Step 3 Any additional readings of the poem should be used to think more specifically about the words, phrases, or images you have read. In fact, if you only focus on the literal meaning of the words, you might have a hard time figuring out what the poem is about. Write down a list or mind map of words that are inspired by thinking about nature. It is still too early to think about each specific line or word; stop, however, to think about a particular line that strikes you. Understanding these things will help you recognize point of view, imagery and dramatic element necessary to analyze the poem's meaning. While you are looking for those poetic sound devices in that second reading, there are still a few other things to keep in mind when doing analysis of poetry.
You need new tools and strategies, different than what you may already be using to read novels. Remind students to think about what the poet is trying to help them understand. The poem attained immediate popularity with American audiences by humorously depicting baseball in its early years. Does it dry up like a raisin in the sun? Most poems have punctuation to show you where to pause and where an idea ends. You can also share your poem with other poets to get feedback from them and improve your poem. Keep in mind that you can add more notes as you read the poem additional times. Drawing Conclusions After answering the questions presented in this introduction, readers should paraphrase or restate the poem in everyday words, as though talking to someone on the telephone.
Just like music, the experience of poetry changes depending on your mood and the environment. Curious about poetry, but don't know where or how to begin? If a pile of leaves is described as dancing, we immediately feel cheered, and it is safe to assume the poem is saying something uplifting and positive, whereas if the leaves are dead and rotting, it is making a negative comment about some aspect of life. Try a New Literary Device Metaphor: This device compares one thing to another in a surprising way. It may be a poem that has been assigned to you, or maybe your friend has shared it, and you want to figure the poem out. You need to read a poem several times to better understand it and see what it is doing. You may go for a poetic form that you find easy to use, such as free verse, or a form that you find more challenging, such as a sonnet.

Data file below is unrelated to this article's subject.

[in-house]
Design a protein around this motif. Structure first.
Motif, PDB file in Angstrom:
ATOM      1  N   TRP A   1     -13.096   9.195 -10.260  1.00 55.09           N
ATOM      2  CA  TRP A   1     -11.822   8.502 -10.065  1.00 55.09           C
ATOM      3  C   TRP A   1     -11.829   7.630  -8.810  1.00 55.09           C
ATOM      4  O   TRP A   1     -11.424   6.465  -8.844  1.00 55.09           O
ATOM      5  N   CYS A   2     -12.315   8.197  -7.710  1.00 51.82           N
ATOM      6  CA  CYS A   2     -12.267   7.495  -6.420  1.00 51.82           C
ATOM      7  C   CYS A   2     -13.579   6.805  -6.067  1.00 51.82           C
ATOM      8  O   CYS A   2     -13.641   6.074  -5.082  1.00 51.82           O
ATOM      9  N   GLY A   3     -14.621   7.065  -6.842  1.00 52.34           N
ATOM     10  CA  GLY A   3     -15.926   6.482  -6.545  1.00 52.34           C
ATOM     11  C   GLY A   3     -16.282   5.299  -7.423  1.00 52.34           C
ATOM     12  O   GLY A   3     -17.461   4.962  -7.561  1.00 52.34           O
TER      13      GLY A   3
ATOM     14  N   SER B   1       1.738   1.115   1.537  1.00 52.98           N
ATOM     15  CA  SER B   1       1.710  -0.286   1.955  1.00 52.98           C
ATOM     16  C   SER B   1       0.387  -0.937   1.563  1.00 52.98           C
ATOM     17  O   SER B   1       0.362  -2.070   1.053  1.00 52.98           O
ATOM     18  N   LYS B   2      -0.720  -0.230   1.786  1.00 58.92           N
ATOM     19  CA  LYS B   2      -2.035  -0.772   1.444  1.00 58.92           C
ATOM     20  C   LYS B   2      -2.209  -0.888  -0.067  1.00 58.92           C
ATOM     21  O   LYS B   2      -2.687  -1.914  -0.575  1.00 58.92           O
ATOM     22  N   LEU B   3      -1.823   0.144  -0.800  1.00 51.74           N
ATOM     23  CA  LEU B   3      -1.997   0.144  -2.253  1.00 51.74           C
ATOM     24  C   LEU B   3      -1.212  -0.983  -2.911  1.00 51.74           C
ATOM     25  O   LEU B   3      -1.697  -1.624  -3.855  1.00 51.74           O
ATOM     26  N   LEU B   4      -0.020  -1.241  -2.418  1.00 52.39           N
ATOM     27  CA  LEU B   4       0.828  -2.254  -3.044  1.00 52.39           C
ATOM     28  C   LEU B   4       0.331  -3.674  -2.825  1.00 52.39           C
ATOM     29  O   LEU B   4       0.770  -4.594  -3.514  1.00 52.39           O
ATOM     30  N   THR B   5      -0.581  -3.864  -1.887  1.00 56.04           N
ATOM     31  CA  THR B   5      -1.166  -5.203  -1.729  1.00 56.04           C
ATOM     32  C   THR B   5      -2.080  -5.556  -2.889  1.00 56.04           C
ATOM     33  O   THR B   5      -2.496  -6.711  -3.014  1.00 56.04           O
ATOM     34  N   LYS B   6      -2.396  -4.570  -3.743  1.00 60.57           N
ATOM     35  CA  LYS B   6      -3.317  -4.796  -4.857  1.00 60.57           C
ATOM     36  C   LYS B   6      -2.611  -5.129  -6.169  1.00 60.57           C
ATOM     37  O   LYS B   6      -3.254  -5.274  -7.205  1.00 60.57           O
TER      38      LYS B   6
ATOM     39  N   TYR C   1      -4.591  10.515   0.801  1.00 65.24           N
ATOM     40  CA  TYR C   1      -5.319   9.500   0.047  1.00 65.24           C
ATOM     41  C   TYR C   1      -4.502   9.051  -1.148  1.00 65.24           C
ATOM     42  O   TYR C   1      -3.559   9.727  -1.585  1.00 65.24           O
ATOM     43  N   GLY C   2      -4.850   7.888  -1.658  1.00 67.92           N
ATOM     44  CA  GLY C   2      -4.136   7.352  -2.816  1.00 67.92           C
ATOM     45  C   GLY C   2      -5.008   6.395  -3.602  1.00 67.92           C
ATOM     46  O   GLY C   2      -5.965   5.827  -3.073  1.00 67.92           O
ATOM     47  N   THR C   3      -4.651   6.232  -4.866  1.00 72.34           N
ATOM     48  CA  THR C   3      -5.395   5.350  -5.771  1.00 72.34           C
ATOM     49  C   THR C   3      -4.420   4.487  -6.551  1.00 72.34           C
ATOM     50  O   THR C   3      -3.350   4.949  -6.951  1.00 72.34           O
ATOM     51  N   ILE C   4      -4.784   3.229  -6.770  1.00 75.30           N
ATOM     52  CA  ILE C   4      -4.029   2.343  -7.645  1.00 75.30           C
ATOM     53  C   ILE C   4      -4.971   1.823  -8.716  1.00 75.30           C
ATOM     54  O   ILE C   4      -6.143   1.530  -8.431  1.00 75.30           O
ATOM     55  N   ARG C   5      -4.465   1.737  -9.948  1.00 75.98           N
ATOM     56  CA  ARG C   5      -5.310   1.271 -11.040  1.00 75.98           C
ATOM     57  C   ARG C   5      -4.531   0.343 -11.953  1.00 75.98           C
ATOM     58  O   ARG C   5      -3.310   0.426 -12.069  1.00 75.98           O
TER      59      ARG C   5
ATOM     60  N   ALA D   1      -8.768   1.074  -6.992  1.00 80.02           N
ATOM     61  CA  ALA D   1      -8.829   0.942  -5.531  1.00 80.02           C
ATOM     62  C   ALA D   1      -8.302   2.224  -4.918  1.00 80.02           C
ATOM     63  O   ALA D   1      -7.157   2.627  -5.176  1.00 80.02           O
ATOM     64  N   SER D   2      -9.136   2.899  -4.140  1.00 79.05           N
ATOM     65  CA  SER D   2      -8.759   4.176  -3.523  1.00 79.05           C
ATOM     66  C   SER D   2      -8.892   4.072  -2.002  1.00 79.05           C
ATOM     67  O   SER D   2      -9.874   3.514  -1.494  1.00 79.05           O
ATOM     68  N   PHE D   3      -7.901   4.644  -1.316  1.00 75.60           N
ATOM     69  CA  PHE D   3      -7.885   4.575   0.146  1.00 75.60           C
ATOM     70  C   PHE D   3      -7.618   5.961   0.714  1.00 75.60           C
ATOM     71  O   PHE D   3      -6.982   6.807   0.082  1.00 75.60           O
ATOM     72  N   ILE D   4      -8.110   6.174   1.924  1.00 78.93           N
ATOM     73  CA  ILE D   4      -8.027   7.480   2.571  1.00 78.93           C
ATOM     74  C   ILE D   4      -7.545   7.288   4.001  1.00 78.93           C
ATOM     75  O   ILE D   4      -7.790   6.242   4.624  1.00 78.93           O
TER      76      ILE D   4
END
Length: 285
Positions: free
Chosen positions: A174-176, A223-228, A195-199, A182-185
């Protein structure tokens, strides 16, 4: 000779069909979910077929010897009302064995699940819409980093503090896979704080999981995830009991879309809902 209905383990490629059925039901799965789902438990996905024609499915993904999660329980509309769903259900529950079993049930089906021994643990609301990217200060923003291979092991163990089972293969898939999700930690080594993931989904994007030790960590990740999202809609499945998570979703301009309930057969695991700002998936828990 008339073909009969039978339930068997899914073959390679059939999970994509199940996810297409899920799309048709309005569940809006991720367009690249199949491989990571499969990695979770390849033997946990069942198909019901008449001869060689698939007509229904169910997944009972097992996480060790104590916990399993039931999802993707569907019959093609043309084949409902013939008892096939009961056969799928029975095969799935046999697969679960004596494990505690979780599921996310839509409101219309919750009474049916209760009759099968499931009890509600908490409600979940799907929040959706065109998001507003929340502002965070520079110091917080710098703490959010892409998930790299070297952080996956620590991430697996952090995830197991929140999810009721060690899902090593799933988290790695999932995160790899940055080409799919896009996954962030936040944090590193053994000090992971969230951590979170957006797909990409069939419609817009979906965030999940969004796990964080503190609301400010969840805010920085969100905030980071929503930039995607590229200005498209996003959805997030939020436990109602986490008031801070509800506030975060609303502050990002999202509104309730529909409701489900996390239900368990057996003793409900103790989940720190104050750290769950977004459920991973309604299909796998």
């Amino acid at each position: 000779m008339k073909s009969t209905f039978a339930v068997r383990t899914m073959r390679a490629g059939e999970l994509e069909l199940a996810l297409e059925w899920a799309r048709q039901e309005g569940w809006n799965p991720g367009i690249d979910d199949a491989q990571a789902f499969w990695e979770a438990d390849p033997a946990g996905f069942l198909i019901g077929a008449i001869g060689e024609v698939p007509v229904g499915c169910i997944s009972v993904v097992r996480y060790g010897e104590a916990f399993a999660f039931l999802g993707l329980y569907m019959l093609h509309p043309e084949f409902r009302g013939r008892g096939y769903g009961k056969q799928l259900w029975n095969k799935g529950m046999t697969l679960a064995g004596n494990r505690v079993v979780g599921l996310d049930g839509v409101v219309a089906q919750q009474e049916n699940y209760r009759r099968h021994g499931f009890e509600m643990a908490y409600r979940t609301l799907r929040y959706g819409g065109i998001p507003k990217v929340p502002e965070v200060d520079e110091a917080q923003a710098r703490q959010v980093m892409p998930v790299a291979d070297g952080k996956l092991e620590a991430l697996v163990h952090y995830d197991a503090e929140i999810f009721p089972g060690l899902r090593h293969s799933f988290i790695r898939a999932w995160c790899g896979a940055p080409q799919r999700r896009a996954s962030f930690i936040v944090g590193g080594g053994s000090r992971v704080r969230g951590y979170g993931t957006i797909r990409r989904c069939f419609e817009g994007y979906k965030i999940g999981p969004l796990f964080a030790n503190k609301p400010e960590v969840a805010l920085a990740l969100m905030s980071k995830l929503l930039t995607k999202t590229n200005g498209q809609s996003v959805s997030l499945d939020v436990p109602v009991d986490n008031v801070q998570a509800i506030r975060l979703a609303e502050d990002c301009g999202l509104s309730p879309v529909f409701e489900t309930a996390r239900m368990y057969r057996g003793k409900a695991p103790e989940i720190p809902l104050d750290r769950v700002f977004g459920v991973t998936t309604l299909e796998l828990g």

Your knowledge of the English language, literature, writing, analyzing is almost beyond your young years. Does the poem spring from an identifiable historical moment? Does the poem move fast or slow? Go for creative descriptions and images in your poem so your reader is surprised and intrigued by your writing. If it is a long poem, such as Allen Ginsberg's Howl or Hart Crane's The Bridge, readers should concentrate on key passages and look for repetition of specific words, phrases, or verses in the poem. Using these devices can make your poem stand out to your reader and allow you to paint a detailed picture for your reader. Maybe you feel a bit like Alice in Wonderland. It may be a certain phrase, or a word that is unfamiliar to you. Look at the poem's meter, rhyme scheme, and use of techniques such as alliteration, assonance, and onomatopoeia.